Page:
Written by Step Above Stigma's Chapter's Director, Jillian Wood
Let’s talk about burn out. Since we were kids, September has always been an exciting month. Back to school, back to friends, back to something to do. The leaves start to change color and with that comes all of us heading back into the swing of things. After a hopefully relaxing summer, this can be especially hard to do. Suddenly there’s school, work and a social life to balance and sometimes we forget to take care of ourselves and our mental health. We work too hard and end up in a place that’s difficult to get out of. This year, let’s change that. After experiencing burnout myself, I’ve found four different ways that have helped to both prevent and treat the effects of burnout.
1. Take “me time” seriously.
When we realize that we need a little “me time”, it’s easy to brush it off and continue working but this is when you need to put your foot down. “Me time” is important! Working yourself to the bone helps no one and you’ll soon find that you’re no longer putting in the quality of work that you hope to. One way I make sure that I take this time seriously is to literally schedule it in. On Sunday’s when I am putting my schedule together for the week I make sure that I have a designated time to recharge. Whether this be a bubble bath in between classes, taking a jog or just laying in bed watching Netflix after a long day. Taking time for yourself looks different for everyone but the important thing is that you do it!
2. Know your limit and play within it.
Understand the signs of needing a break. These signs are different for everyone but it’s important that you recognize them within yourself. Begin to observe yourself throughout the week and take note! Maybe you’re more irritated than usual or you find yourself dozing off in a lecture, whatever the signs may be, take them seriously. This is your body telling you that you need to slow down. Once you are able to identify these signs, set yourself some boundaries. This can look like heading home early from the library, saying no to staying later at work, or just staying in on a Friday night. Now that you know your limit, it’s crucial to stay within it and advocate for yourself.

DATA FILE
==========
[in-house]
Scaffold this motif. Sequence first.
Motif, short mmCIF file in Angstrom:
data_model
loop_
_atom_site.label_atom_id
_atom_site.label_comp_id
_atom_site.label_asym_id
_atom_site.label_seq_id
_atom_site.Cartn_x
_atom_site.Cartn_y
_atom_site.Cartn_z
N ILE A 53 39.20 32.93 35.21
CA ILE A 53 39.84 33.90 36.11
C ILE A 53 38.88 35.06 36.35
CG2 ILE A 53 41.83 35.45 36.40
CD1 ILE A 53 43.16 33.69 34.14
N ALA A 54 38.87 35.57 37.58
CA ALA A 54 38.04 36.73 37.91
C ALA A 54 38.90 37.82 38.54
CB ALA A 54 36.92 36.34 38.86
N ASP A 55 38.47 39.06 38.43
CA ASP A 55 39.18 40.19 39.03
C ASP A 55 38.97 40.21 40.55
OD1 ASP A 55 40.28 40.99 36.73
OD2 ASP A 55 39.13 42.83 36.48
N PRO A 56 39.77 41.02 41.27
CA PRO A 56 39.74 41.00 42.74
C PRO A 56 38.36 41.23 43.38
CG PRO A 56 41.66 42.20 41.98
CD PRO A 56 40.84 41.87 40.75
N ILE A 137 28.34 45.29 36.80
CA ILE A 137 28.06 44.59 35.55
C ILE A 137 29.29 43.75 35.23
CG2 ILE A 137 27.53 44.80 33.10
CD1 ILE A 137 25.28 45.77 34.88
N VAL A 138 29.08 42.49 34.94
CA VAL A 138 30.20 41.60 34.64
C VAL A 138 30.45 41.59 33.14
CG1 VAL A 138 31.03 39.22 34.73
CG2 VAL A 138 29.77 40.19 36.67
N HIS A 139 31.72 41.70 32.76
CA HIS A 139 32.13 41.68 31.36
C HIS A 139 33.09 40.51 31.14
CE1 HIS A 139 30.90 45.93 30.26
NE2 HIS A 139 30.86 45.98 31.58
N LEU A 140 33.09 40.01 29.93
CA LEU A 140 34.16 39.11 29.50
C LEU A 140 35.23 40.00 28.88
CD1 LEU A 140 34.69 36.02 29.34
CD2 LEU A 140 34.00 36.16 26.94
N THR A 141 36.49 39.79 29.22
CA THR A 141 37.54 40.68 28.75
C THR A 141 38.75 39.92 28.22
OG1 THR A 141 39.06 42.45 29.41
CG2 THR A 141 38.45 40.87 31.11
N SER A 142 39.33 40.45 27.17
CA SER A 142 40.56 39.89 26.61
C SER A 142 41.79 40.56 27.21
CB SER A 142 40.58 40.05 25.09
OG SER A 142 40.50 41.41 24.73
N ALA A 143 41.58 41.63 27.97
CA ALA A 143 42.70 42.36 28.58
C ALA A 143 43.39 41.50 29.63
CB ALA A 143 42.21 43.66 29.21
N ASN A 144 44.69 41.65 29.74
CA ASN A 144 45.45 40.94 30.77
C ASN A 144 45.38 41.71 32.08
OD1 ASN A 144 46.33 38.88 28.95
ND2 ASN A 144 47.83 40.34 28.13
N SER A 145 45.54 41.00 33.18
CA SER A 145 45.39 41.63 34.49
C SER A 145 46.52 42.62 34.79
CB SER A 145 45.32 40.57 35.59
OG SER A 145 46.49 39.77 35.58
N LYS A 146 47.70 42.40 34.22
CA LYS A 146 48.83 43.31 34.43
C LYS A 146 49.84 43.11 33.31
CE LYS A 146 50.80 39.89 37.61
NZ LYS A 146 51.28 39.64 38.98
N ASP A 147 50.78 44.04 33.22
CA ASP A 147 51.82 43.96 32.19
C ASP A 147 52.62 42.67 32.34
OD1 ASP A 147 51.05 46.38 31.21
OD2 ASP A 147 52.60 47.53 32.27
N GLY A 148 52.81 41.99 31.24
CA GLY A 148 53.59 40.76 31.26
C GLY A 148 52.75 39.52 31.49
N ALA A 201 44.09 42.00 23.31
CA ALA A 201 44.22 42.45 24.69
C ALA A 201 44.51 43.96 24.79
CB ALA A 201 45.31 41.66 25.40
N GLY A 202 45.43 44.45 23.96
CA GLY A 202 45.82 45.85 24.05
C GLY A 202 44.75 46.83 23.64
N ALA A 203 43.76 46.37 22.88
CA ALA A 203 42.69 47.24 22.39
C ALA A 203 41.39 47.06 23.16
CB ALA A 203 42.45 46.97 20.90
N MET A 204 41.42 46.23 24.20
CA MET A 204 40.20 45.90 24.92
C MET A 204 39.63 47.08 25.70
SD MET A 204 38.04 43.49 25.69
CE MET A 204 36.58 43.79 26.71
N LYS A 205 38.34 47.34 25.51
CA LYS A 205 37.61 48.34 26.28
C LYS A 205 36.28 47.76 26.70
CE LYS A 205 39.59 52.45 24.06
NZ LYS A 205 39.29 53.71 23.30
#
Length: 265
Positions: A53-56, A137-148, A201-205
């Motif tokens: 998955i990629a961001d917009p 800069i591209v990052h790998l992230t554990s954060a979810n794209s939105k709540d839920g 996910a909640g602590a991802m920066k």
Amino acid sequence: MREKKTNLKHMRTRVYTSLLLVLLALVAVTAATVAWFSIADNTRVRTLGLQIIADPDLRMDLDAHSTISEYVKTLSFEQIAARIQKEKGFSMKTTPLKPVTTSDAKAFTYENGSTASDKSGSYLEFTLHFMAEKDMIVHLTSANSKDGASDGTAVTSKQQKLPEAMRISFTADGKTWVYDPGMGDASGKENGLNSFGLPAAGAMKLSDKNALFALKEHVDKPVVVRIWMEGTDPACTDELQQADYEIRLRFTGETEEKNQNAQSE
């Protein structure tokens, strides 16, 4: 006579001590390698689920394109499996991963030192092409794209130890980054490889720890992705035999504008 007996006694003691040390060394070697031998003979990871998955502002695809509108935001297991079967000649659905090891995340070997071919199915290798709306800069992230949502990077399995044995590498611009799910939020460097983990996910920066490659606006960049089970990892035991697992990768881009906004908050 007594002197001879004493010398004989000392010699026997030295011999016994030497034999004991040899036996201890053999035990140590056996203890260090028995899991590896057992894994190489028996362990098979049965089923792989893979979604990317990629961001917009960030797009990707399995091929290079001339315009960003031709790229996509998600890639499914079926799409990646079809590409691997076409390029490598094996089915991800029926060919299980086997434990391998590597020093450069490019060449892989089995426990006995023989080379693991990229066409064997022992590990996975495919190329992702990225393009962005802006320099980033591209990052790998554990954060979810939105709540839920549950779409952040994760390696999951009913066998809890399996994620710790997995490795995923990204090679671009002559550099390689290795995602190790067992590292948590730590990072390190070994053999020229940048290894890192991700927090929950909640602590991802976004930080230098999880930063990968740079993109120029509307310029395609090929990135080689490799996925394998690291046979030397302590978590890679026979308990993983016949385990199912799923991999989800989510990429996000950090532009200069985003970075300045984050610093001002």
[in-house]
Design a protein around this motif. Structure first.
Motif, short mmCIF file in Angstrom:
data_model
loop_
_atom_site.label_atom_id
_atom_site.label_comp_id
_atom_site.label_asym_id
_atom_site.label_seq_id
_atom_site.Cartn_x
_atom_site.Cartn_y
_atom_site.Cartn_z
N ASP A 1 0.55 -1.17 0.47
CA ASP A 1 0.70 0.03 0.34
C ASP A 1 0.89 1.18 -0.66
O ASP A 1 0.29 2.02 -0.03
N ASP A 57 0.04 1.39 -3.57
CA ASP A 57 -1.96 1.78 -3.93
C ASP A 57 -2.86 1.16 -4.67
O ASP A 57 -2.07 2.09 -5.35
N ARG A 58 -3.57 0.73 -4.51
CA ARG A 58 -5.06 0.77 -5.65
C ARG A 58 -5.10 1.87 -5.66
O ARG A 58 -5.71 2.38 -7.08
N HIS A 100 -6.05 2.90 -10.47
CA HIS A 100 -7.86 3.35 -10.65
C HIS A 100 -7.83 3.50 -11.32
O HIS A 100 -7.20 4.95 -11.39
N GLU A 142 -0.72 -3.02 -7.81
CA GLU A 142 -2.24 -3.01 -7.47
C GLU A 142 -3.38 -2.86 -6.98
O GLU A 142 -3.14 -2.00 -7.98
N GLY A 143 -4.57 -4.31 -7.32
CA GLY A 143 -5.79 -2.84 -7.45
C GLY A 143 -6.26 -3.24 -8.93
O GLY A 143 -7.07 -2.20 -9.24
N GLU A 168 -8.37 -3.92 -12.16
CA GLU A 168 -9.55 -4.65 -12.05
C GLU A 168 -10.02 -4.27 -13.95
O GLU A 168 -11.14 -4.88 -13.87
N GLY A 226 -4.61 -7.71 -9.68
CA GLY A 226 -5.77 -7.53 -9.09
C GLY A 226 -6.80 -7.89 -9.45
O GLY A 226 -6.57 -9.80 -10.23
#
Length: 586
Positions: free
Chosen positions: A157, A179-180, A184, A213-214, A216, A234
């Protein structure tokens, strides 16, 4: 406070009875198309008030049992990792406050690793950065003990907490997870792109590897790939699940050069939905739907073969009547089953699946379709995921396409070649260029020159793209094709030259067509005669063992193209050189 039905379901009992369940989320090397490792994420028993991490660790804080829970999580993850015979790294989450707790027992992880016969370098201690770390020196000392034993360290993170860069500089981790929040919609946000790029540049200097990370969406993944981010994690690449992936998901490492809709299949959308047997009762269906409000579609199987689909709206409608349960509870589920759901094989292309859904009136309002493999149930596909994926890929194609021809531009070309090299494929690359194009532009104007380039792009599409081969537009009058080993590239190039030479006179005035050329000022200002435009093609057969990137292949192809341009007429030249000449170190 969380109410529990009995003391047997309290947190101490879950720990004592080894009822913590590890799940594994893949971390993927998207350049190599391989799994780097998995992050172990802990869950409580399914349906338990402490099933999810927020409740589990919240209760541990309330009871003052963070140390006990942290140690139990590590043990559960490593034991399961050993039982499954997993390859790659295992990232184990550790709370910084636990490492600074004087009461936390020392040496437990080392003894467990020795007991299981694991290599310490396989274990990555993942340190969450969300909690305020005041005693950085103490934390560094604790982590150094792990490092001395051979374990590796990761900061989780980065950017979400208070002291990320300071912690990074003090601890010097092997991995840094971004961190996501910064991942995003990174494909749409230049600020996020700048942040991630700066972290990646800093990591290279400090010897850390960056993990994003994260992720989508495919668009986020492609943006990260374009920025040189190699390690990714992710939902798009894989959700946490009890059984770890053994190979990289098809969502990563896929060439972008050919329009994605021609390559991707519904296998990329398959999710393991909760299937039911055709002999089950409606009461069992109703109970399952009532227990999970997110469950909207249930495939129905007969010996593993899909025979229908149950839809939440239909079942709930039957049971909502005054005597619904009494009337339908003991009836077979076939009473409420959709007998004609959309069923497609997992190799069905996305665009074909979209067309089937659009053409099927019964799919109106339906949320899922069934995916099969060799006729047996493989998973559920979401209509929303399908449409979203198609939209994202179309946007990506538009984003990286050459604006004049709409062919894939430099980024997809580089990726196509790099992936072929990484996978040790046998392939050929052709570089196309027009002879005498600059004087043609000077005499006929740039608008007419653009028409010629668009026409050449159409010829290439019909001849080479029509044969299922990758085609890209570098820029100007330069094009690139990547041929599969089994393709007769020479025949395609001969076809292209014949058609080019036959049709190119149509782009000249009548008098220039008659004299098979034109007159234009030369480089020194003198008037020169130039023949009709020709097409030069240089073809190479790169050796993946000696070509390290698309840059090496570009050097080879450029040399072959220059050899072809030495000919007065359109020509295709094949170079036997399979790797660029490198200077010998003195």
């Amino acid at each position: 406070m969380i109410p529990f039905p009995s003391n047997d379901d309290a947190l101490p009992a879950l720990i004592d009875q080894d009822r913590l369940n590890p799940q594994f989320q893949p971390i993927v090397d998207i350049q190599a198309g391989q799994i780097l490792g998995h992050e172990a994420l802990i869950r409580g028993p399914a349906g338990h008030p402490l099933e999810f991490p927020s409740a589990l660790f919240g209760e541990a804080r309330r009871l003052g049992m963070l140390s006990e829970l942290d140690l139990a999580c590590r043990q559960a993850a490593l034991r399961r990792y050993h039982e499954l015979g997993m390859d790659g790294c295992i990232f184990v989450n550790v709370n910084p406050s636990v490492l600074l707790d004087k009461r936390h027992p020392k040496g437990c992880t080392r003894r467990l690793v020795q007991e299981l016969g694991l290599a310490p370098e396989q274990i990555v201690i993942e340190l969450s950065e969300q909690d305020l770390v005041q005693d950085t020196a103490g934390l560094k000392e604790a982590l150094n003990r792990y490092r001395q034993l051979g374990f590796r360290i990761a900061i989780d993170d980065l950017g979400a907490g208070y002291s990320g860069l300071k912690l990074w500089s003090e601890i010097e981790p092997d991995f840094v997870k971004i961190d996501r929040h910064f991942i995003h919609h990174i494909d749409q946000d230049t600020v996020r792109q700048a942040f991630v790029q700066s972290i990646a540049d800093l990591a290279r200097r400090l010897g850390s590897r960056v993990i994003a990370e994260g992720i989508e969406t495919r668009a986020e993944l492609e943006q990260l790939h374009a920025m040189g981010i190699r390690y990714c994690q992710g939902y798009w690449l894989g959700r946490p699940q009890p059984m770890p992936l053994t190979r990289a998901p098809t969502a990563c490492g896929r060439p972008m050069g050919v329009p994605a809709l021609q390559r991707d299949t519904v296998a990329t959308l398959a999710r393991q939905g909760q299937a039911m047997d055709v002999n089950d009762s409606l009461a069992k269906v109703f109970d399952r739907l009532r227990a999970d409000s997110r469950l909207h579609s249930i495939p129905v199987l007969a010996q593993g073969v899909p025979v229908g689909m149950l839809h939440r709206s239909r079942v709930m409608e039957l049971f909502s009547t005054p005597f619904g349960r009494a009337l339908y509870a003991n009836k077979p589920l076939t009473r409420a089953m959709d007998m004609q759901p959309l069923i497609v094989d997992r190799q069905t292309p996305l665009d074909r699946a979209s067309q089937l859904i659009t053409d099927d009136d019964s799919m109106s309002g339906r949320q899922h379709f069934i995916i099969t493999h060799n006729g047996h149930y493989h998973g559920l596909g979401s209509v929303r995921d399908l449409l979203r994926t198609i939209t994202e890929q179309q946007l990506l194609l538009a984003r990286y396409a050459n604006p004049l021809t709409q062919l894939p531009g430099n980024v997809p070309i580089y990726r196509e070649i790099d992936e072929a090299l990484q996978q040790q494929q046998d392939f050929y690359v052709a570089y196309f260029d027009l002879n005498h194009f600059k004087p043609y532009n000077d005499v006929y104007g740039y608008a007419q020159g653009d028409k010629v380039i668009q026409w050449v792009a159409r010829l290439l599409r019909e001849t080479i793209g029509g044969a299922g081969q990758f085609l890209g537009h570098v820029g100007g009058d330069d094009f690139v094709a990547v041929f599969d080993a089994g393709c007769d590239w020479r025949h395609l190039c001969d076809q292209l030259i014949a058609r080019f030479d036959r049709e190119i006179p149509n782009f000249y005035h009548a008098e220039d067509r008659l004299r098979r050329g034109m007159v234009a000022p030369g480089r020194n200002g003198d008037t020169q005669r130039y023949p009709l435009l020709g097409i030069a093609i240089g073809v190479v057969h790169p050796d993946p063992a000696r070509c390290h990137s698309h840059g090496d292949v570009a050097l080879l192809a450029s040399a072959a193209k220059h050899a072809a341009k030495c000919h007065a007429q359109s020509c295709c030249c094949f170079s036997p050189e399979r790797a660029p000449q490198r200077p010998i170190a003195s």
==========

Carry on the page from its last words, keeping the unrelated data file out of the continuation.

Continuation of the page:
3. Talk to friends or family.
Sometimes with burnout you just have no idea where to start. I’m here to tell you that the first step is to talk to someone. This could be a friend, a parent or just someone you trust but whoever they are, pick up the phone and call. You never know how much talking things out will help until you hang up the phone. I find that whenever I’m really feeling the effects of burnout, the best person to call is my Mom. No matter the problem she is always able to help me find the perspective I need to reflect and reorganize. Don’t be afraid to reach out!
4. Be kind to yourself.
Lastly, you deserve to be nice to yourself. Everyone has hard days, weeks, months etc. but remember that you’re not alone in this and that it’s okay to be down. If you’re able to be mad at yourself, you’re more than capable of being kind to yourself, so recognize your achievements and celebrate them! Be patient with how you bounce back from burnout and most importantly, know that taking care of yourself is not selfish.
Read our blog posts about personal experiences and stories with regards to mental health. Posts written by our team or those passionate about mental health.